The potential legalization of marijuana in Nevada will be presented to voters Nov. 8, and a yes or no vote on Question 2 is not currently a concern for Boulder City public officials and safety officers.
Boulder City Public Information Officer Sue Manteris said the city has no public stance on the legalization of marijuana in Nevada and there is no way for the police department to know how legalization would affect policing in Boulder City.
“Until the statute is finalized, there is no real way to determine what the impact will be,” Manteris wrote in an email.
A yes vote would make recreational use of 1 ounce or less of marijuana legal to consume for people 21 years or older, while a no vote would keep recreational use of marijuana illegal in Nevada.
Manteris said the police department has not seen a noticeable increase in arrests for pot use, according to Boulder City Police Chief Timothy Shea.
Support and opposition to the question heated up in the past month, with both sides mounting an advertising blitz.
According to an Oct. 18 campaign finance filing by the Nevada Secretary of State’s Office, the “Yes on 2” campaign has raised $2.94 million in contributions while the “No on 2” campaign raised $2.12 million.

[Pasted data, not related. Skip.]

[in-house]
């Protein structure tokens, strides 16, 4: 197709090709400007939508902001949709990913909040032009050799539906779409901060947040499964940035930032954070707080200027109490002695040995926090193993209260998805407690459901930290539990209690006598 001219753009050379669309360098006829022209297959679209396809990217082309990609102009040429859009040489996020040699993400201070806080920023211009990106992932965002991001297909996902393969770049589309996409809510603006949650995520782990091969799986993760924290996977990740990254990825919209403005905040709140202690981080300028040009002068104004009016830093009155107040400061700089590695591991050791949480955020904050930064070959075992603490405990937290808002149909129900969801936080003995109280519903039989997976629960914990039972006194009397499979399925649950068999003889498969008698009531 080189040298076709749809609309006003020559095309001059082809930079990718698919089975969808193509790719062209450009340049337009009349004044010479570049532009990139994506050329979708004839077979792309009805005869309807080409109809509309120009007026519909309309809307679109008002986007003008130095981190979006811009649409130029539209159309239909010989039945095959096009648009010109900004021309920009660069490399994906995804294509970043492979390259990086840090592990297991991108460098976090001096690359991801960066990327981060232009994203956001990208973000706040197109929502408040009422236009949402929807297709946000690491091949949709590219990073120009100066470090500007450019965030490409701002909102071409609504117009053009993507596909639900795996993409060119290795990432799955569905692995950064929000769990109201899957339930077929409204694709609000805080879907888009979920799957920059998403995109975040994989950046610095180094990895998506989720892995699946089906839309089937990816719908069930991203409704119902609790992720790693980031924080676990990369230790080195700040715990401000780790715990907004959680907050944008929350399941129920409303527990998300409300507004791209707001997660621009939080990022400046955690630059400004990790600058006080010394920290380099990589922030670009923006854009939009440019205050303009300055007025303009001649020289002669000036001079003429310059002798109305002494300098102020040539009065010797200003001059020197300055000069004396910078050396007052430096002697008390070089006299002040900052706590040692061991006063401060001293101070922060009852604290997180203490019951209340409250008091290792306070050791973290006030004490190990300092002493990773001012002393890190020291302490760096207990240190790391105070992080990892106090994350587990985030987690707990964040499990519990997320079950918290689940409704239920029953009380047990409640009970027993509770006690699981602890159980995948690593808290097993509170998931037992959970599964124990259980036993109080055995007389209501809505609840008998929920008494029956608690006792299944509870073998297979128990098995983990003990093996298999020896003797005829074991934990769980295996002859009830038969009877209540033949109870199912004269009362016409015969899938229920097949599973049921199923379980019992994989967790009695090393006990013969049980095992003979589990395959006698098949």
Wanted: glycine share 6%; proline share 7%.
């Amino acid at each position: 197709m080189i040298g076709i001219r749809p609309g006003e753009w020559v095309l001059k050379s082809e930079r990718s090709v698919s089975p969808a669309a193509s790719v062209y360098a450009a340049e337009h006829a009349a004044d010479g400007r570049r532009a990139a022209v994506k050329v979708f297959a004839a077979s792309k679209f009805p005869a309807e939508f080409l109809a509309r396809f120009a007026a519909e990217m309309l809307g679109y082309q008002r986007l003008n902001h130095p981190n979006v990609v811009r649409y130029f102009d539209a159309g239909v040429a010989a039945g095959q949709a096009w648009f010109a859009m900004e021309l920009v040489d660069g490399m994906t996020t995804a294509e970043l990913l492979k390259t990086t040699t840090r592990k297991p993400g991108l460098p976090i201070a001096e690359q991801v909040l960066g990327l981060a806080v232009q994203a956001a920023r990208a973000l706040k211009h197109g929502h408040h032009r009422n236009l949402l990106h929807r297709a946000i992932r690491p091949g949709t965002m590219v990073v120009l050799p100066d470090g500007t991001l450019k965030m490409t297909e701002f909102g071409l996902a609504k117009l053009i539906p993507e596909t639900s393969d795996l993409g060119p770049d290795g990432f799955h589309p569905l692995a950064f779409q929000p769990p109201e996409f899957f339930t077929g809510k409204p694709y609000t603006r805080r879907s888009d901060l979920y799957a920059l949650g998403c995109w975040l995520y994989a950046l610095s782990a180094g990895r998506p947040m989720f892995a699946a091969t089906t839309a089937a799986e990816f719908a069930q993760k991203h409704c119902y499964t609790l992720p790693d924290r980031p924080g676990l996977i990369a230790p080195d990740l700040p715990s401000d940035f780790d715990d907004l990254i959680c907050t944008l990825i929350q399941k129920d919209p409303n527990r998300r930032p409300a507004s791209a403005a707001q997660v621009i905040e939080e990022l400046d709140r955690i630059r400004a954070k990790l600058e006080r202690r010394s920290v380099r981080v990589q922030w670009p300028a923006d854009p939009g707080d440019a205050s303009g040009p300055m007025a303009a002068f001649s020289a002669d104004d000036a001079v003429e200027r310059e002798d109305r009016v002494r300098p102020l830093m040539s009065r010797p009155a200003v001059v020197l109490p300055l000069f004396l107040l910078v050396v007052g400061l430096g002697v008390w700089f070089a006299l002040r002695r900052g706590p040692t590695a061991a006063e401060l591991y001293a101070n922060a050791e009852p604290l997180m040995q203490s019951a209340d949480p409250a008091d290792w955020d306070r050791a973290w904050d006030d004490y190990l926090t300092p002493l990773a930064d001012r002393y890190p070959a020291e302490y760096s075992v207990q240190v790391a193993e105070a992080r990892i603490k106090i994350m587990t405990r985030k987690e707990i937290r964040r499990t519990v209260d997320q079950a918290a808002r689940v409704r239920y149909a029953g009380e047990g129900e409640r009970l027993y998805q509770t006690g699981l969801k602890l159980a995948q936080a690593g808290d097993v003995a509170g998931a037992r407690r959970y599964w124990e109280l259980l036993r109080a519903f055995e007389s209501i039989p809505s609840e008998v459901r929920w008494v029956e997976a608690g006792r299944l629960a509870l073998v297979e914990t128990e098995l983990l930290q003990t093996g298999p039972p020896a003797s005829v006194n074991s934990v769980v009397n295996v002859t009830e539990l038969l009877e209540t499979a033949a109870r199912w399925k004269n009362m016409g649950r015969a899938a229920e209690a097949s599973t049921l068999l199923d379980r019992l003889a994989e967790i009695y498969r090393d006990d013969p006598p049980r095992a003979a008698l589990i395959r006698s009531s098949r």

Religious groups have overwhelmingly opposed legalization. In a letter, the Church of Jesus Christ of Latter-day Saints said a yes vote was a danger to children.
“Drug abuse in the United States is at epidemic proportions, and the dangers of marijuana to public health and safety are well documented. Recent studies have shed light particularly on the risks that marijuana use poses to brain development in youth. The accessibility of recreational marijuana in the home is also a danger to children. We urge Church members to let their voices be heard in opposition to the legalization of recreational marijuana use.”
The Nevada Catholic Conference wrote that legalization would create too much strain on an overburdened government.
“As people of faith, we must speak out against the damaging effects the passage of Question 2 would have on the children and families of Nevada. Legalizing the sale and recreational use of marijuana will lead to more abuse by teens, more emergency room visits, more traffic deaths and more strain on already overburdened government agencies.
“Because of the detrimental effects it would have on children, families, the economy and all of society, we strongly urge Nevadans to oppose the legalization of the sale and recreational use of marijuana, and to vote ‘No’ on Ballot Question 2.”
A recent poll conducted by the Las Vegas Review-Journal shows a close race with 47 percent of Nevadans in support of legalization and 46 percent against it.
Contact reporter Max Lancaster at firstname.lastname@example.org or at 702-586-9401. Follow him on Twitter @MLancasterBCR.